It was all smiles in the Iowa locker room Monday when the Hawkeyes saw their name pop up on ESPN as the sixth seed in the Louisville Region of the NCAA tournament.
The smiles were well deserved.
With its top two scorers from a season ago gone, many saw Lisa Bluder’s 14th season at Iowa as a rebuilding year.
Instead, the Hawkeyes won 26 games, the most in Bluder’s tenure, reached the final of the Big Ten tournament and matched their highest seed in the NCAA tournament since 2001.
There were also some sighs of relief Monday as Iowa dodged the dreaded eight-nine seed game that’s almost certainly a precursor to a matchup with a top-seeded, supremely talented team in the second round.
In the previous 10 trips to the NCAA tournament under Bluder, the Hawkeyes have earned an eight or nine seed seven times.
Three of those eight or nine seeds resulted in opening round wins followed by resounding second-round losses to top-seeded teams.
Last year as a nine seed, Iowa bounced eighth-seed Miami before falling to top-seed Notre Dame by 17 points.
“We are glad to not be on their eight, nine line,” Bluder said. “We’ve spent a lot of time on that eight, nine seed line, so we are glad that we are not there for sure.”
The Hawkeyes no doubt earned their sixth seed and possibly more.
Iowa tied for fourth in a conference that sent five teams to the tournament all seeded sixth or better.
The Hawkeyes boast an RPI in the top 25 and added wins over tournament teams Dayton (6-seed), Syracuse (6-seed), Southern California (9-seed) and North Dakota (14-seed).
Of the Hawkeyes eight losses, six came to NCAA tournament qualifiers all with seven seeds or higher.
Iowa ended up a six seed rather than an eight or a nine but the Hawkeyes’ draw still has that familiar eight or nine seed feel to it with defending national runner-up Louisville waiting.
Louisville, a team ranked fourth in the AP poll with three of its four losses to top-ranked Connecticut, somehow slipped to a three seed, leaving Iowa once again with one of the top teams in the nation likely waiting in the second round.
“You never want to look too far ahead, but you look ahead to Louisville and you think they are probably supposed to be a two seed, and so that is a little disheartening,” Bluder said. “At the same time we have to really focus on Marist, and that is the main thing that we have to focus on at this point. You have to win one, you have to win the first one first.”
Coaches will always preach one game at a time, but with the Hawkeyes’ current NCAA draw, that mindset is a must.
There’s no such thing as a gimme in March. The Hawkeyes saw that firsthand with Penn State’s loss to Ohio State in the Big Ten Tournament, and six seeds rarely face an outmanned opponent in the opening round.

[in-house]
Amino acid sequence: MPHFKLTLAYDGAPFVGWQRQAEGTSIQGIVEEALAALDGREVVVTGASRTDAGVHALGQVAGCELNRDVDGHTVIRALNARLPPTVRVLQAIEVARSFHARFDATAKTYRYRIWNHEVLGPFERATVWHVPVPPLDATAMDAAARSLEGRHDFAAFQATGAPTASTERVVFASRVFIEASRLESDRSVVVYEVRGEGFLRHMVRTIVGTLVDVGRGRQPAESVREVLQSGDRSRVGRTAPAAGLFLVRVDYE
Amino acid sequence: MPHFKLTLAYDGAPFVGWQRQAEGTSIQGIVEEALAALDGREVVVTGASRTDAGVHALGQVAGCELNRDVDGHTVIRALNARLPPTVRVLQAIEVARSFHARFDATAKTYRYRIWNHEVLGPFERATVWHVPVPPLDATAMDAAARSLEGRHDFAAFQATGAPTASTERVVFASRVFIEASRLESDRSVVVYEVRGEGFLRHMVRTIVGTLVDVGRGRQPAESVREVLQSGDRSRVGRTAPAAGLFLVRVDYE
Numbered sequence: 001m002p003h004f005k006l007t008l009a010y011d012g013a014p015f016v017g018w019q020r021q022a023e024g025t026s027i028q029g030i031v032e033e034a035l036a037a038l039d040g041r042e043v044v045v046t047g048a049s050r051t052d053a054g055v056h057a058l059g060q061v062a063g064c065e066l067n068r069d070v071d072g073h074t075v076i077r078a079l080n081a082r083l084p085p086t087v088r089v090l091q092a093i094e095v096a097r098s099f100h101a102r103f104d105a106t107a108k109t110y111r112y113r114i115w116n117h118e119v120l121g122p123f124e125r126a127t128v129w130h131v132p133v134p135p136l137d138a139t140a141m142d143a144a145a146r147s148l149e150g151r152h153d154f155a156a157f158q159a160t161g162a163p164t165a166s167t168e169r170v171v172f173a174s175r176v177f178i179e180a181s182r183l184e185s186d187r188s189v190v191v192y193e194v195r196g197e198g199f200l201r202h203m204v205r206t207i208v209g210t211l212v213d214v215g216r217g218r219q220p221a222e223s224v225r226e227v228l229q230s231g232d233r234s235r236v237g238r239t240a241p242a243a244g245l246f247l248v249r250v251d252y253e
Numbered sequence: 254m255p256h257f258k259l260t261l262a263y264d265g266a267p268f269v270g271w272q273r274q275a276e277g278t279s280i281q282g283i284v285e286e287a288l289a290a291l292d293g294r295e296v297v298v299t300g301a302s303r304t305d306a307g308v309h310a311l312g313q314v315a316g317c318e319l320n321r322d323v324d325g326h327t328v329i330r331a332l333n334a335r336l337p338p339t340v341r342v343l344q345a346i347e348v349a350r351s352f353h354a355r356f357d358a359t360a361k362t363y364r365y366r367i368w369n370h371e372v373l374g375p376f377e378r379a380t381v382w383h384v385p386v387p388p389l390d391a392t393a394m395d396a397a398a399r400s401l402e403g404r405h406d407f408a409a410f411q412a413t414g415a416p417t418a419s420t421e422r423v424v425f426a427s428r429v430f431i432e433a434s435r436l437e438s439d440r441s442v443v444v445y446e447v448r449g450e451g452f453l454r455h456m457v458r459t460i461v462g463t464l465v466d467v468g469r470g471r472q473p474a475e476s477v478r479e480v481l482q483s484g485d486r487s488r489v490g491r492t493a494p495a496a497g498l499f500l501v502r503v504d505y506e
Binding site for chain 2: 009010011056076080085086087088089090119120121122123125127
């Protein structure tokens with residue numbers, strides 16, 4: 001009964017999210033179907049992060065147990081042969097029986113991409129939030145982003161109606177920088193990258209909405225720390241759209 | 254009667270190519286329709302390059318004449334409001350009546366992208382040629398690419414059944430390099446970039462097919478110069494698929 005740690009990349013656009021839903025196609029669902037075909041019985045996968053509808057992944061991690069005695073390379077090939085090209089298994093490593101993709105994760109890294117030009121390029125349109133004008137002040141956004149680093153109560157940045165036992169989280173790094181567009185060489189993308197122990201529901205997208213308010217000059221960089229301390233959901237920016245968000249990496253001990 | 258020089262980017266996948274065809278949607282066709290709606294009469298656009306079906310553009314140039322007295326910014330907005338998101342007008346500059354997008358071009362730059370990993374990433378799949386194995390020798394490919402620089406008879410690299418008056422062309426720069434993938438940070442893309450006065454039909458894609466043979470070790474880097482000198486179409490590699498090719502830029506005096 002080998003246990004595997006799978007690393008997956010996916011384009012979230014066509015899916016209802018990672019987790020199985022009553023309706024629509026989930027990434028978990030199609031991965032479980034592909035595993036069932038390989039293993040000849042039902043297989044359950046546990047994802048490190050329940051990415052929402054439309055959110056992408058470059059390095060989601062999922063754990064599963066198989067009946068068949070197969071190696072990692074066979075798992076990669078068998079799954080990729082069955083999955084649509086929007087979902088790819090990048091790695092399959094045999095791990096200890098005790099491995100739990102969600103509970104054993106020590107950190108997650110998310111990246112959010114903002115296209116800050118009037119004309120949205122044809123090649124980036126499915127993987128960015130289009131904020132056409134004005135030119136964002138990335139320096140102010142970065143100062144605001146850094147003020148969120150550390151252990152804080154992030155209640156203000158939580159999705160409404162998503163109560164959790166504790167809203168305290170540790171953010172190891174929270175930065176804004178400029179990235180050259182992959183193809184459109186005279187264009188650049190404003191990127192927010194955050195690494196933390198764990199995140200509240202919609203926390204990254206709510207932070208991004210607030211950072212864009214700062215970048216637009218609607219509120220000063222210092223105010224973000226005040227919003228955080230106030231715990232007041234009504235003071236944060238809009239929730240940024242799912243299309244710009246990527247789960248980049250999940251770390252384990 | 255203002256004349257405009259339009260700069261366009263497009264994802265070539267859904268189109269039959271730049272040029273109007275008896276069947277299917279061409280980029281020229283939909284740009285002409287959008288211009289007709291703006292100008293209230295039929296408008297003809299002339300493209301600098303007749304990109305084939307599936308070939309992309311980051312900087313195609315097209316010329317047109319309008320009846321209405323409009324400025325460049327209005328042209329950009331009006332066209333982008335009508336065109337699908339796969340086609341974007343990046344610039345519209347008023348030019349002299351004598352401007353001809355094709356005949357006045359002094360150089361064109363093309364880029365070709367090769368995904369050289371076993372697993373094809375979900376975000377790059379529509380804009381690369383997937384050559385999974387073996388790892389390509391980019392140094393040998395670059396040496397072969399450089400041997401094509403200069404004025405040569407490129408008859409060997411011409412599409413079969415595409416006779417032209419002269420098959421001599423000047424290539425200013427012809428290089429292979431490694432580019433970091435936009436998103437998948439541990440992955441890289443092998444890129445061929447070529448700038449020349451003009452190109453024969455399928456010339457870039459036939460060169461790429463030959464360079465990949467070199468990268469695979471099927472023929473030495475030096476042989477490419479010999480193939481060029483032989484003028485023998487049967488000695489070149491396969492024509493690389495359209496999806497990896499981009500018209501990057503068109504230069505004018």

Yet Iowa’s matchup with Marist proves especially difficult.
The Red Foxes are tournament savvy, having reached the NCAA tournament nine years in a row, they are deep, with five players in double figures, and they are playing their best basketball now having won nine straight and 15 of 16.
Throw in 25-game winner Idaho as the 14 seed and the four-team group coming to Iowa City is the strongest of any collection of equally seeded teams in the tournament.
Iowa has two wins over other six seeds (Syracuse and Dayton) and is perhaps the best six seed in the field.
Marist certainly stacks up with the other 11-seeds, but it is Louisville’s status as a three seed that is the biggest reason that several analysts have listed the Louisville region as the toughest in the tournament.
“They are going to have that chip on their shoulder, obviously, being a three seed isn’t something that they wanted to be. They probably felt like they deserved a little higher one,” junior point guard Sam Logic said. “Ranked as a high as number three in the country and to get a three seed is easily enough to put a chip on their shoulder.”
Iowa wasn’t handed an easy route to reaching its first sweet 16 since 1996, but this year’s group of Hawkeyes wouldn’t want it any other way.
The Hawkeyes have turned in one the best regular seasons in recent program history in a year where many thought they would struggle.
Iowa has been at its best against the best on its schedule, winning four games against ranked teams.
Now the Hawkeyes will try to give Iowa fans a postseason to remember — even if it has to go through Louisville to do so.
“Obviously that fires us up right away,” junior Melissa Dixon said of Louisville. “They are a great team, they made it to the championship last year and anything can happen, so we are looking forward to hopefully getting that first win and getting a shot at them.”
Category: Iowa Hawkeyes women's basketball